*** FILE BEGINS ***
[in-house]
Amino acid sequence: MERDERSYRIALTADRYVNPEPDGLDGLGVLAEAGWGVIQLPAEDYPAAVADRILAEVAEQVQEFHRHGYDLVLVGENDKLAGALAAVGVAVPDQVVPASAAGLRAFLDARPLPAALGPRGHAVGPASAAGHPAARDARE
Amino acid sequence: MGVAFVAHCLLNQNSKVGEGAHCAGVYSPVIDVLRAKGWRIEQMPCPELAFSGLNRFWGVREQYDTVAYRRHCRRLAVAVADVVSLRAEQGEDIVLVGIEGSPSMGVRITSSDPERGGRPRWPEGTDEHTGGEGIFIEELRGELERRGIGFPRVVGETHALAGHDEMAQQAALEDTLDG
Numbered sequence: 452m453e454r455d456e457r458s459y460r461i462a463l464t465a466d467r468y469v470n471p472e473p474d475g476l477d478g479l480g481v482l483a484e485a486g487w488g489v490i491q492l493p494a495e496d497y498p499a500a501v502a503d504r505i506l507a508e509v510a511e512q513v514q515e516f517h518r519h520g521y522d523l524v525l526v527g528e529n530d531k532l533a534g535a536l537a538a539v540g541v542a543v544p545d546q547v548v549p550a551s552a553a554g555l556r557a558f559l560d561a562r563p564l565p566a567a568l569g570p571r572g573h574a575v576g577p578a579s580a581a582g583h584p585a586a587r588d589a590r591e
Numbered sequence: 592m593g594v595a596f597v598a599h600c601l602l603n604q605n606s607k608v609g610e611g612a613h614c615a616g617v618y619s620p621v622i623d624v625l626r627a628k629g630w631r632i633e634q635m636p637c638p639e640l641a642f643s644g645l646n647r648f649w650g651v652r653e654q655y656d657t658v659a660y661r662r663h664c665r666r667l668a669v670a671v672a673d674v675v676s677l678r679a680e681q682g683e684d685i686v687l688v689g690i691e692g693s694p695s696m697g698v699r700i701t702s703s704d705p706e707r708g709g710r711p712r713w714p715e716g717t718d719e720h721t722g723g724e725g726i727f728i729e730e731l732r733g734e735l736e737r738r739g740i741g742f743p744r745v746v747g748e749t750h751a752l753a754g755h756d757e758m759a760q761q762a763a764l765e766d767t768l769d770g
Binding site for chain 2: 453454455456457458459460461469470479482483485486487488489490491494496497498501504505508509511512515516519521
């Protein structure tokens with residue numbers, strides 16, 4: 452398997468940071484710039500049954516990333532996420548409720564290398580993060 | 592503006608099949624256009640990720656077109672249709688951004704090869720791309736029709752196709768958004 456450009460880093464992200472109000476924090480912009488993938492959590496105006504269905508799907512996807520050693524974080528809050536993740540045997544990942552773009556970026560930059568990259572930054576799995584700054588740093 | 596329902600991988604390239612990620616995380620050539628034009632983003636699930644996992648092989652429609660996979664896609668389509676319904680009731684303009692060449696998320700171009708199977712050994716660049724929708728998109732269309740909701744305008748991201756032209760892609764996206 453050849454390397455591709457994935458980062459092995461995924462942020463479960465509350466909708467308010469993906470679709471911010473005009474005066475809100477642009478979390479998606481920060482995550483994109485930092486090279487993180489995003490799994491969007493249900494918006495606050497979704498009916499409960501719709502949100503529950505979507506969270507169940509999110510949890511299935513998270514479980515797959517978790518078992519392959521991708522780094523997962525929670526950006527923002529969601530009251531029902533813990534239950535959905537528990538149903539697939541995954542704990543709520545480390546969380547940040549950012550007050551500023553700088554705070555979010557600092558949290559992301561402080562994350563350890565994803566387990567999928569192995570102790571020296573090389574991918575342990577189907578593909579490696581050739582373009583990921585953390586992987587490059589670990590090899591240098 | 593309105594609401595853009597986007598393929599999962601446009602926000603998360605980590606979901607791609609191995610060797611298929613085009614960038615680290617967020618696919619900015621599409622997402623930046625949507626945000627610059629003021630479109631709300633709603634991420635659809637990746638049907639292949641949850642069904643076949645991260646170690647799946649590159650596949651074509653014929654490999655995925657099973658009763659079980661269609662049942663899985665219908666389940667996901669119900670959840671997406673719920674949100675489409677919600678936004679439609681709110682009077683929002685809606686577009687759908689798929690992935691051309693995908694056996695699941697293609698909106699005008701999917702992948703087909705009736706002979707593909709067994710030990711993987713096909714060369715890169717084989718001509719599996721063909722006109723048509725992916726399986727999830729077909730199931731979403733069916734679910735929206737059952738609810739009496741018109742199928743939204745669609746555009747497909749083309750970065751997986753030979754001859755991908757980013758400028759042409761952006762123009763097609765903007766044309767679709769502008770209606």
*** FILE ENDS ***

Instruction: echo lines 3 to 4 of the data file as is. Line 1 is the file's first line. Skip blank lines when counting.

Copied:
Amino acid sequence: MGVAFVAHCLLNQNSKVGEGAHCAGVYSPVIDVLRAKGWRIEQMPCPELAFSGLNRFWGVREQYDTVAYRRHCRRLAVAVADVVSLRAEQGEDIVLVGIEGSPSMGVRITSSDPERGGRPRWPEGTDEHTGGEGIFIEELRGELERRGIGFPRVVGETHALAGHDEMAQQAALEDTLDG
Numbered sequence: 452m453e454r455d456e457r458s459y460r461i462a463l464t465a466d467r468y469v470n471p472e473p474d475g476l477d478g479l480g481v482l483a484e485a486g487w488g489v490i491q492l493p494a495e496d497y498p499a500a501v502a503d504r505i506l507a508e509v510a511e512q513v514q515e516f517h518r519h520g521y522d523l524v525l526v527g528e529n530d531k532l533a534g535a536l537a538a539v540g541v542a543v544p545d546q547v548v549p550a551s552a553a554g555l556r557a558f559l560d561a562r563p564l565p566a567a568l569g570p571r572g573h574a575v576g577p578a579s580a581a582g583h584p585a586a587r588d589a590r591e